To Little Fanfare, Muammar el-Qaddafi’s Son Is Freed in Libya


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Seif al-Islam el-Qaddafi, the son of the late Libyan leader Col. Muammar el-Qaddafi, sits behind bars during a hearing in Zintan, Libya, in 2014.

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Reuters

CAIRO — A son and the onetime heir apparent of Libya’s deceased former dictator, Col. Muammar el-Qaddafi, was quietly released on Friday by the militia that had held him captive since the Arab Spring uprising of 2011, which ended his family’s brutal rule.

In an online statement on Saturday, the militia, the Abu Bakr Sadeek Brigade of the northwestern city of Zintan, said they allowed Seif al-Islam el-Qaddafi to leave the city on Friday.

Mr. Qaddafi’s release was a direct challenge to the extradition efforts by the United Nations and the International Criminal Court, which has said Mr. Qaddafi should stand trial on war crimes charges at The Hague. He was convicted of such charges in 2015 by a Libyan court in the country’s capital, Tripoli.

Friday’s move highlights the turmoil that has gripped Libya since the Arab Spring uprising. The country is mainly divided between three factions: an internationally recognized but weak government in Tripoli; a rival Islamist body, also in Tripoli; and an anti-Islamist government in the east. The chaos has turned the North African country into a criminal hub for human trafficking and weapons smuggling. Its beaches were a departure point for many of the estimated 180,000 migrants who illegally reached Italy last year.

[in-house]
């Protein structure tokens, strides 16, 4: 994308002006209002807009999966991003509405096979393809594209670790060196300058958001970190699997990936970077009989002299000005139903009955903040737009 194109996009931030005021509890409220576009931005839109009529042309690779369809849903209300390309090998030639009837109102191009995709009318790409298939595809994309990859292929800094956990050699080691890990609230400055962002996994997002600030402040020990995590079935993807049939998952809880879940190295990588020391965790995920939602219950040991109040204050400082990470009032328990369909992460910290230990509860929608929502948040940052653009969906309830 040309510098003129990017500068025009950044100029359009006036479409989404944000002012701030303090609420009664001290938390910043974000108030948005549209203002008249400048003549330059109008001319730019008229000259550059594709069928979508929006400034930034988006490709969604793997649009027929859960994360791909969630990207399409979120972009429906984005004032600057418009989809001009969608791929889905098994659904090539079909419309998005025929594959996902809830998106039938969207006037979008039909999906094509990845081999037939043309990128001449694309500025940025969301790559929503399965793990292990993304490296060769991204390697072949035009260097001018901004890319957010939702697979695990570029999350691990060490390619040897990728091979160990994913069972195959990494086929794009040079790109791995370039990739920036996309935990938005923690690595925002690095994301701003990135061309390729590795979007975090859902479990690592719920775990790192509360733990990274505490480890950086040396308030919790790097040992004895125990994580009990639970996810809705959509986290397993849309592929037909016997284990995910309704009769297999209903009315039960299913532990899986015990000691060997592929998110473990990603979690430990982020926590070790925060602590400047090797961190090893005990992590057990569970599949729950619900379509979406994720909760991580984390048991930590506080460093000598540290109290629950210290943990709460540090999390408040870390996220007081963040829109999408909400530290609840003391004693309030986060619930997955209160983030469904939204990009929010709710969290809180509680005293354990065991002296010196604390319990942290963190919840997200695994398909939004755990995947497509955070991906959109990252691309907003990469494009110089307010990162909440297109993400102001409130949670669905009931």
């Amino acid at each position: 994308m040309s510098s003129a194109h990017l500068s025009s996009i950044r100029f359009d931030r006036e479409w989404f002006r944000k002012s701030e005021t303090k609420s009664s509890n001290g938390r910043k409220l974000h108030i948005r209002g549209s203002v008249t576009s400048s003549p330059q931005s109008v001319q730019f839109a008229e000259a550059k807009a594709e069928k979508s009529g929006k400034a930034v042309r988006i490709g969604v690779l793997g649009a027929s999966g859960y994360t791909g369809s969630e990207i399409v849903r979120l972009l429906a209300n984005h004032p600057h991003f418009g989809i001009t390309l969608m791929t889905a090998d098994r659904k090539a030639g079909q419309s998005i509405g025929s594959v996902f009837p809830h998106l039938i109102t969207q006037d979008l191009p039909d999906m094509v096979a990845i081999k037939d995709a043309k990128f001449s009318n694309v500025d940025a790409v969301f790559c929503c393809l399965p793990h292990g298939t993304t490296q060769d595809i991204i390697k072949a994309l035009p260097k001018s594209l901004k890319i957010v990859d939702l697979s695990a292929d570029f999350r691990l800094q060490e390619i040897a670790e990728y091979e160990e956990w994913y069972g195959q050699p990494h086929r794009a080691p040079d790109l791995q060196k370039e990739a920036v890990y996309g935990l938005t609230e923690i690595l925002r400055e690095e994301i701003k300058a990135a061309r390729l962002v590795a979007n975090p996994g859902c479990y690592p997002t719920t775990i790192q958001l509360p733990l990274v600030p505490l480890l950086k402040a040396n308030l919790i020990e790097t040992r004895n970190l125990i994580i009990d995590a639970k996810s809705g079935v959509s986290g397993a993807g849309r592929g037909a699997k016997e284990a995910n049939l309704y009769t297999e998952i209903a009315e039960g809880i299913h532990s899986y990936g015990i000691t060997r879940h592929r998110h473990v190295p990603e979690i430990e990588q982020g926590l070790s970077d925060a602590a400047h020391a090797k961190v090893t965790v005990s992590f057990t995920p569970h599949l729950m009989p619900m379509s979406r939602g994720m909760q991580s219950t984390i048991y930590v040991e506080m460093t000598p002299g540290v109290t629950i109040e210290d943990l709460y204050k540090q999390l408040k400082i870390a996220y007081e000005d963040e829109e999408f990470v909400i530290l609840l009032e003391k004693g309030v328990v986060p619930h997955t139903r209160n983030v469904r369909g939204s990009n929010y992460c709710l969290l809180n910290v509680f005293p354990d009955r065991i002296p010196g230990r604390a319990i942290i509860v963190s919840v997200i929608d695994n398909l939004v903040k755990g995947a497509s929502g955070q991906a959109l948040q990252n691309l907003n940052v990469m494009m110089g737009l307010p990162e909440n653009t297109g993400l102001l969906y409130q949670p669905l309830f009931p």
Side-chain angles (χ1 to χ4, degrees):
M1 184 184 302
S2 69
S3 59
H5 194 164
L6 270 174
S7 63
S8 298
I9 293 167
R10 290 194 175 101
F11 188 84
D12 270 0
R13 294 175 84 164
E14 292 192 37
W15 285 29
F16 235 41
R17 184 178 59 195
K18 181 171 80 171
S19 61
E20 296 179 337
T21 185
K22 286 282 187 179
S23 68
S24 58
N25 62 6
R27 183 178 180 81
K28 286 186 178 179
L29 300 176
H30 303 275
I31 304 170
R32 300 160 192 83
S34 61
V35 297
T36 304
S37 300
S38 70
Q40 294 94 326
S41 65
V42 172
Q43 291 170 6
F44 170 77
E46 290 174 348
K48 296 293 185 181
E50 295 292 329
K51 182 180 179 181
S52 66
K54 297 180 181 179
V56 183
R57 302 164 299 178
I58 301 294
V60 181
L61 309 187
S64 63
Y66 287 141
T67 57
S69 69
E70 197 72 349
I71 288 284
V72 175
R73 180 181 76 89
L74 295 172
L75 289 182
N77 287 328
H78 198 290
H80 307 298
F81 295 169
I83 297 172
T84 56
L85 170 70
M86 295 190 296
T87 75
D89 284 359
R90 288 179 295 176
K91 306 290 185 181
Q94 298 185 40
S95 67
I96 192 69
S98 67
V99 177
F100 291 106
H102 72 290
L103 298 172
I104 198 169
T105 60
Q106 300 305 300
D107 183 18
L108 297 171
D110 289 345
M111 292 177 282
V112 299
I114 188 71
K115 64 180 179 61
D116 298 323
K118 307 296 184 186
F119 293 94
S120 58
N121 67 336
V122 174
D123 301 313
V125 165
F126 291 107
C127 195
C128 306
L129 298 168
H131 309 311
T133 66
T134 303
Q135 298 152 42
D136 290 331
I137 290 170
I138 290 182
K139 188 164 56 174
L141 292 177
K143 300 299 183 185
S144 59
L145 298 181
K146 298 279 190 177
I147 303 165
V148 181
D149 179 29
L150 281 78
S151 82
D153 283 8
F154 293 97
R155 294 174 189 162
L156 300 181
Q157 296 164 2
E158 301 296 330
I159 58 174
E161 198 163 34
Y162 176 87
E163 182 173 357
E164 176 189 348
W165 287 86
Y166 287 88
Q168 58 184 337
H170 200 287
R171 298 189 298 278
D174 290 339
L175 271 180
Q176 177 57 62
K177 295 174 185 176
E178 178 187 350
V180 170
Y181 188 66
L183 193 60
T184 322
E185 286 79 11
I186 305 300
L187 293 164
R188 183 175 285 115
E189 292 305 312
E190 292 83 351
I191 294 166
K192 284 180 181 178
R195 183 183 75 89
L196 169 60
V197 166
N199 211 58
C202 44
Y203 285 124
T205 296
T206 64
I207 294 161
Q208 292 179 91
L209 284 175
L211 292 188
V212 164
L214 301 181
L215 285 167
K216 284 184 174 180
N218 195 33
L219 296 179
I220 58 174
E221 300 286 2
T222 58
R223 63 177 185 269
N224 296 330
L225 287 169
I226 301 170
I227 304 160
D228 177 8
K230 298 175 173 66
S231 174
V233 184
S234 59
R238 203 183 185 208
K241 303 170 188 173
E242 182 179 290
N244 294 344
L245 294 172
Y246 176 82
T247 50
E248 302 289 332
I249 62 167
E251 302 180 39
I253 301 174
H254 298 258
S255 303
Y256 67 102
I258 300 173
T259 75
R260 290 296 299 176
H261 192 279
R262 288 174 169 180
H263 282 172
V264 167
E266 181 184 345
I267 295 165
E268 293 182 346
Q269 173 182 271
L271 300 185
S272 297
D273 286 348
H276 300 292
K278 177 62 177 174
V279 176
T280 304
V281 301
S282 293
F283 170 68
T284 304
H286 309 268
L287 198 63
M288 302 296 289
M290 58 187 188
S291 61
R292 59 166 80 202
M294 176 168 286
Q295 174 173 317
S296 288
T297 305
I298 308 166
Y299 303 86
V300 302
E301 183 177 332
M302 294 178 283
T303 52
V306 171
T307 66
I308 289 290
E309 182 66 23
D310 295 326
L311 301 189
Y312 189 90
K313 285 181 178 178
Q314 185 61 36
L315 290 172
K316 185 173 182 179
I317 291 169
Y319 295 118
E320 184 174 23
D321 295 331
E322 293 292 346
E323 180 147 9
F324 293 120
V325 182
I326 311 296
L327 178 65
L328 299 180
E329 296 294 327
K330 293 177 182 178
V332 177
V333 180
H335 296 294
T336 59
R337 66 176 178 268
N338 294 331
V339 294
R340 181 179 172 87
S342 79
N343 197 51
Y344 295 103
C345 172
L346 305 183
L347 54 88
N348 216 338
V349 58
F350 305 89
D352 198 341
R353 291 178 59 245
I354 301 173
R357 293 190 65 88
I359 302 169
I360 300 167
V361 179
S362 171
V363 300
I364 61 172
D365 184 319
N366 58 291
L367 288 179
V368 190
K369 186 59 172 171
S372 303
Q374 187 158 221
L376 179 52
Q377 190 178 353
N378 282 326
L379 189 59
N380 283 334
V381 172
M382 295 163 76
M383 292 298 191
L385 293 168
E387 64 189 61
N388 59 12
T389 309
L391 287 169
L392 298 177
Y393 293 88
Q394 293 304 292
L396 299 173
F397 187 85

The Abu Bakr Sadeek Brigade captured Mr. Qaddafi in November 2011, a month after his father, who ruled Libya for 42 years, was publicly killed.

On Saturday, the group announced that it released Mr. Qaddafi to comply with a new law issued by Libya’s eastern government, which rights activists say seeks to rehabilitate and return Qaddafi-era figures to political life. In its statement on Saturday, the militia, which says it no longer recognizes the authority of the Islamist government in Tripoli, urged other armed groups holding “political prisoners who fall under the jurisdiction of the law” to follow its lead.

According to the new law, Libya’s eastern government can no longer pursue political figures such as Mr. Qaddafi, said Saleh Hashem, one of the lawmakers who helped write it, adding: “The state has given up the right to prosecute, but people can still sue them.”

News of Mr. Qaddafi’s release was received with a collective shrug in Libya, where people are still struggling to cope with the effects of the uprising and the civil war that followed. Water and electricity are cut off in many parts of the country; fighting between armed groups continues to break out in some cities; and the currency has collapsed, sending prices of basic commodities higher than ever.

The silence was in stark contrast with the jubilation on the streets across Libya when the son of the former dictator was seized. At that time, thousands of Libyans poured out of their homes to shoot fireworks into the air in celebration.

Mr. Qaddafi’s current location and his future plans remain unclear. The Abu Bakr Sadeek Brigade could not be reached for comment.

Several local news reports in Libya, however, said Mr. Qaddafi was headed to the city of Bayda, where the eastern government is based. The Bayda government is a close ally of Egypt and the United Arab Emirates. They, along with Saudi Arabia and other Arab nations, seem to have been emboldened to act against their political enemies by President Trump’s visit to Saudi Arabia last month, during which he aligned himself closely with them.

Just days after the visit, those three countries, along with other Arab countries, abruptly cut diplomatic ties with Qatar, a small, oil-rich Arab nation they claim funds terrorism in the region.

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